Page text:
There’s some confusion over the origin of the word Okoboji, but most believe the origin of the word means “and there are others” from the Dacotah Indian translation.

The area of land between the West and East Okoboji’s, which would eventually become the City of Okoboji, has been home to pioneers making camp and establishing roots in the area from the time of the earliest settlers.

Modern settlements began to show up when the Okoboji bridge was built in 1860 connecting the channel that connected West Okoboji to East Okoboji.

Around the end of the 19th century homesteaders and immigrants first started building homes along the lakeshores. By this time, Spirit Lake had already become an established community and the county seat of Dickinson County.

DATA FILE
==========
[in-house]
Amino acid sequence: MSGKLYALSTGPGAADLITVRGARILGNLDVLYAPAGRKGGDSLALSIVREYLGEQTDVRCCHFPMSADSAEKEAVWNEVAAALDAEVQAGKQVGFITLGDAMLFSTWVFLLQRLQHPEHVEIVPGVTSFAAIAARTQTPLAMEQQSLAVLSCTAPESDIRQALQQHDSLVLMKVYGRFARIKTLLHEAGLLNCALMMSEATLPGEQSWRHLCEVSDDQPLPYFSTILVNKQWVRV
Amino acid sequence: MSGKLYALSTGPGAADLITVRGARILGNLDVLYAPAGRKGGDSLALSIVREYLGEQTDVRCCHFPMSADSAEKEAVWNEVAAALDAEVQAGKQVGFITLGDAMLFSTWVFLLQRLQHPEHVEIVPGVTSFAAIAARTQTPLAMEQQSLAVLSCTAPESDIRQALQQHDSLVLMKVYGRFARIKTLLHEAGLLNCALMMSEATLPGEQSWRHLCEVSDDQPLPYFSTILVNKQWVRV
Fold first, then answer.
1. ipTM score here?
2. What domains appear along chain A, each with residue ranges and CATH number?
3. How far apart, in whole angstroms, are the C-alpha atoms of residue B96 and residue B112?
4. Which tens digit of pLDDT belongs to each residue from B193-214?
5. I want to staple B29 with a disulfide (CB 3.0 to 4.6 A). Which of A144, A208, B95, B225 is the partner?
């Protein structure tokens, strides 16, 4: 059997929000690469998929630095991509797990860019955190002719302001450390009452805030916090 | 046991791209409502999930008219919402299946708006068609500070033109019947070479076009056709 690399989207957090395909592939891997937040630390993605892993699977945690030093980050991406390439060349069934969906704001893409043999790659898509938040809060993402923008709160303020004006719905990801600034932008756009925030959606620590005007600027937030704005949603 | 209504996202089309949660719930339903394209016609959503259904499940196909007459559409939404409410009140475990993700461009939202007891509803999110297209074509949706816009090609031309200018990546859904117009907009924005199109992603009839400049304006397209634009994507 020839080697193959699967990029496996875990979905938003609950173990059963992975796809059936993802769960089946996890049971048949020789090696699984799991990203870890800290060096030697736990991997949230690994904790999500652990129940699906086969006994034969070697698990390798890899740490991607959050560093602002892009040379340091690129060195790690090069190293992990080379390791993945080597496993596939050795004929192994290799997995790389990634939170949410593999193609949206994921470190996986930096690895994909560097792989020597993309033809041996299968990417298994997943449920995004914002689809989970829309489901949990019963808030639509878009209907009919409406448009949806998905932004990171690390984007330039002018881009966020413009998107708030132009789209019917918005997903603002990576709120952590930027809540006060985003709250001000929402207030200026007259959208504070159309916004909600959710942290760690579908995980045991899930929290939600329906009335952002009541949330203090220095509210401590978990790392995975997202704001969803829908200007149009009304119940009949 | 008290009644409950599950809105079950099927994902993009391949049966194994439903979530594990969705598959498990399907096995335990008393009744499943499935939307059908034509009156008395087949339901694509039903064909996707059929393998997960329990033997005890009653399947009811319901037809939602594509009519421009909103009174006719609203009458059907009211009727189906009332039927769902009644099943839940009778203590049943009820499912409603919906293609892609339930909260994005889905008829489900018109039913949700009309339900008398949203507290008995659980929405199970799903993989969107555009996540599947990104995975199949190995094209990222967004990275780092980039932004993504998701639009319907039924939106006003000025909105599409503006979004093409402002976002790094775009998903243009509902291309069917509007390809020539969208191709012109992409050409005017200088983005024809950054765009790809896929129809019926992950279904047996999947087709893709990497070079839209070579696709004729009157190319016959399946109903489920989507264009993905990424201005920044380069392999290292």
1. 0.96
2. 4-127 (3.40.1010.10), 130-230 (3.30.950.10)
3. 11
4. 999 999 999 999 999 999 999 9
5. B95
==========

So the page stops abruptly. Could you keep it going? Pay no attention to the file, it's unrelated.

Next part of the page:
The City of Okoboji officially incorporated as a city in 1922 with a recorded population of 176 residents by 1930, the first year Okoboji was recorded in an official census. Inserted here is a collection of antique postcards of the Lakes Region.

Sources: Segments of this brief history were summarized and paraphrased from A History of Dickinson County Iowa, R.A. Smith, 1902 and History of the Iowa Great Lakes Region, John W. Parson, 1988.


Conference Committee Chair: Chris Yungbluth

Dickinson County EMS Association Board:

  • President – Steve Hopkins
  • Vice President – Art Cummings
  • Secretary – Karen Pratt
  • Treasurer – Richard Cother
  • At Large Members – Julie Thiesen, Pat Daly & Russell Bell

Terril Fire Department: Food Prep

Lake Park Ambulance: Refreshments

Spirit Lake Fire & First Responders: Helicopter LZ